Congress has had plenty of opportunities to reset the the SGR formula to permit fair fees and annual adjustments but instead has opted for short-term fixes 17 times. Last year lawmakers agreed on a long-term plan to set physician rates—a so-called “doc fix”—and this consensus proposal has been reintroduced in the new Congress. But the long-term price tag for the adjustment threatens to make it a non-starter.

How much would a long-term doc fix cost? The Congressional Budget Office (CBO) estimated the 10-year budget hit of a permanent reform at $138 billion in early 2014. A year later, the 10-year bill has risen to nearly $175 billion. For perspective, the agency’s latest 10-year price tag for the Affordable Care Act is “only” $142 billion.

It’s hard to believe that Congress will be able to find $175 billion in spending offsets in the next couple of weeks, or that Republicans would agree to boost the deficit in order to pay the long-term tab. So expect another one-year fix—number 18. It would cost an estimated $6 billion, which would not have much of an immediate impact on consumers.

If Congress doesn’t vote in a fix, higher Medicare costs would slam older Americans and their families. As a new Kaiser Family Foundation analysis points out, under current law beneficiaries would automatically absorb their share of Part B Medicare costs if the formula is changed. That out-of-pocket price tag would be nearly $60 billion over 10 years, Kaiser estimates.

That’s just for physician fees. Consumer out-of-pocket costs are likely to rise even higher once other effects of the change are factored into Part B premiums and co-insurance payments. “One option under discussion would require beneficiaries to assume a portion of the $175 billion federal price tax, above what they will automatically pay in premiums and cost-sharing,” the Kaiser analysis says.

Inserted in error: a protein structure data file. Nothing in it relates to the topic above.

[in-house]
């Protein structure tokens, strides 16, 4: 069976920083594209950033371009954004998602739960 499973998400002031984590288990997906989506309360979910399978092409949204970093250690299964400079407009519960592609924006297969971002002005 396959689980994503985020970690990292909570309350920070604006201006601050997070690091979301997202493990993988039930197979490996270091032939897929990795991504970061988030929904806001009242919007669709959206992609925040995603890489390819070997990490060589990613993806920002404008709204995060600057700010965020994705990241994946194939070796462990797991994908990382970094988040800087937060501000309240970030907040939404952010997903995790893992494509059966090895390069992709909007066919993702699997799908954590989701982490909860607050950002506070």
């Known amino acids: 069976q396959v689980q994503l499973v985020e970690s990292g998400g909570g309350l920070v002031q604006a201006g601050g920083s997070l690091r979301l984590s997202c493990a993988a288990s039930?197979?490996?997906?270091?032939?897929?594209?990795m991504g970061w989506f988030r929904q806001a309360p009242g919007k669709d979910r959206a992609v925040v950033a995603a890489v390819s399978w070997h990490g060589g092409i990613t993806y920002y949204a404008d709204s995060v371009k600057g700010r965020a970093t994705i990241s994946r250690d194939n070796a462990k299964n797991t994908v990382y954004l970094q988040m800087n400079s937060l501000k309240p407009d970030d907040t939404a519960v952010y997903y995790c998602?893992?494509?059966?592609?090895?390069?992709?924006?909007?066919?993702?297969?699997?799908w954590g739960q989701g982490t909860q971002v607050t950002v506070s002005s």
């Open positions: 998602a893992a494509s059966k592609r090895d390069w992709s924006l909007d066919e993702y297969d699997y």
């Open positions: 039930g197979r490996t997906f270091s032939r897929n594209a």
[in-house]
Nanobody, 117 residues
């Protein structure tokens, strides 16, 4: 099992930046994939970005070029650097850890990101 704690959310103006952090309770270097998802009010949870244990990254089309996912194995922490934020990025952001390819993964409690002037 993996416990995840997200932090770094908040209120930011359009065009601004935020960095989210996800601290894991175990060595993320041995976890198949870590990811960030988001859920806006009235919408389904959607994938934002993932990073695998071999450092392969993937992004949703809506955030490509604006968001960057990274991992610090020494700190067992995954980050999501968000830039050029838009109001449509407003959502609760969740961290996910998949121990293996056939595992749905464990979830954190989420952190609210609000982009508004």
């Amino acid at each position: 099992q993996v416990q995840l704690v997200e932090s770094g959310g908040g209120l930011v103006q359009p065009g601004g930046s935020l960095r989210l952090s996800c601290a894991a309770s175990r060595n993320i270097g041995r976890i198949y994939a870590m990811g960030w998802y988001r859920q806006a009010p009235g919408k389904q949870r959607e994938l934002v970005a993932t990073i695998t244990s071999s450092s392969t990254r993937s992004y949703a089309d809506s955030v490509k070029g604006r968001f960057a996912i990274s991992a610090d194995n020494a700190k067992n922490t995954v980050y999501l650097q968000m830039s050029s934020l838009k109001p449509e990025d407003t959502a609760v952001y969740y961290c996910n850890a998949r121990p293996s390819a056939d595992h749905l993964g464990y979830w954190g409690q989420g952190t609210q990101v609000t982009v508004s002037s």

Other major Medicare service providers, including insurers and drug companies, could also be asked to take a haircut to finance high doctor payments. Of course, those costs are likely to be passed along to consumers eventually.

Paying higher Medicare costs is asking a lot of most older Americans. Half of all Medicare recipients live on incomes of about $23,500 or less. And seniors already spend triple the amount of money on health care, as a percentage of their household budgets, compared with younger households.

Still, a permanent doc fix has to happen at some point. And Kaiser’s report notes that Congress has been getting closer to a serious response to the problem.

So if you depend on Medicare, you would do well to set aside what savings you can to meet those inevitable health care bills. And at the very least, expect a big increase in Washington rhetoric over Medicare.